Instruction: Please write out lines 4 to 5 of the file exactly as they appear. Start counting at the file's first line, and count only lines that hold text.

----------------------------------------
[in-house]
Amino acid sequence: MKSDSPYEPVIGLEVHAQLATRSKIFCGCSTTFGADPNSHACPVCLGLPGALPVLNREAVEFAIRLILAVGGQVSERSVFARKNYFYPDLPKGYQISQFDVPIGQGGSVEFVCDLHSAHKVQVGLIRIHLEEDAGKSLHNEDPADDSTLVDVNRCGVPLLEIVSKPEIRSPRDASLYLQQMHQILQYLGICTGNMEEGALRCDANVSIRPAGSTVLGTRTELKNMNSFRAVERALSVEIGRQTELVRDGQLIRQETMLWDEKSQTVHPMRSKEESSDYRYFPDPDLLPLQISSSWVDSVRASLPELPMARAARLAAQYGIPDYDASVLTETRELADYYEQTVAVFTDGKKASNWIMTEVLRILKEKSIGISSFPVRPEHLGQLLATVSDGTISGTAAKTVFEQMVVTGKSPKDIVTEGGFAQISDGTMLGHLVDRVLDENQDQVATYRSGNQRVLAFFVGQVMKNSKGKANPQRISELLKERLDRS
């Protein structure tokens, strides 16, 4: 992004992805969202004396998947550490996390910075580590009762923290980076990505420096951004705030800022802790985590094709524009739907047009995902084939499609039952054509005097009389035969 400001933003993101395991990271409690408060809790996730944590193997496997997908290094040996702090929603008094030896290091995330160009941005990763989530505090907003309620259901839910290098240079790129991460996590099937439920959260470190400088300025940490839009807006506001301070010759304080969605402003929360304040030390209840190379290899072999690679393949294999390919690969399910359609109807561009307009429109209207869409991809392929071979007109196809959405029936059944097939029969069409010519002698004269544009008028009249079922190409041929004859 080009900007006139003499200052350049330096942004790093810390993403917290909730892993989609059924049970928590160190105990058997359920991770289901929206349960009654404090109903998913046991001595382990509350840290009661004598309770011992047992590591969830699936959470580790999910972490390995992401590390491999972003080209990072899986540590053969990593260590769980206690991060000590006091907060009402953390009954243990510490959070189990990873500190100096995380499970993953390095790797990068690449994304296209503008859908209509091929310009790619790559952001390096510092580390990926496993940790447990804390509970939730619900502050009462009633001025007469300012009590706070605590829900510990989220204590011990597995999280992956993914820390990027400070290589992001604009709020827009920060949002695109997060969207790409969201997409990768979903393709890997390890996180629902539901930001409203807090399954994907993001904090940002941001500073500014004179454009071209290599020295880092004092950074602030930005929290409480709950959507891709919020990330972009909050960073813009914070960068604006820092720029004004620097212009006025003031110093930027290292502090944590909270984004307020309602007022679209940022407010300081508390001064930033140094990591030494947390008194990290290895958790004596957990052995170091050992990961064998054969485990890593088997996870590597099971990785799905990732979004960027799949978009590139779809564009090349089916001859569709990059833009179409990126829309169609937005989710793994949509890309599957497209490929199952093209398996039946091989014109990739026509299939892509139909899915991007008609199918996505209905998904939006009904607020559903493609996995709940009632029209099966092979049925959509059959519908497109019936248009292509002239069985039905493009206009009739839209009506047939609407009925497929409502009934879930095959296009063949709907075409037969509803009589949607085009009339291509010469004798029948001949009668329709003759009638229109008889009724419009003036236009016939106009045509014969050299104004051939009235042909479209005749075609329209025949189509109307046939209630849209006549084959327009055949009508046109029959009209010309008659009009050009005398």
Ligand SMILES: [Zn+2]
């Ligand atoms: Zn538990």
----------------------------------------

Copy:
Ligand SMILES: [Zn+2]
């Ligand atoms: Zn538990």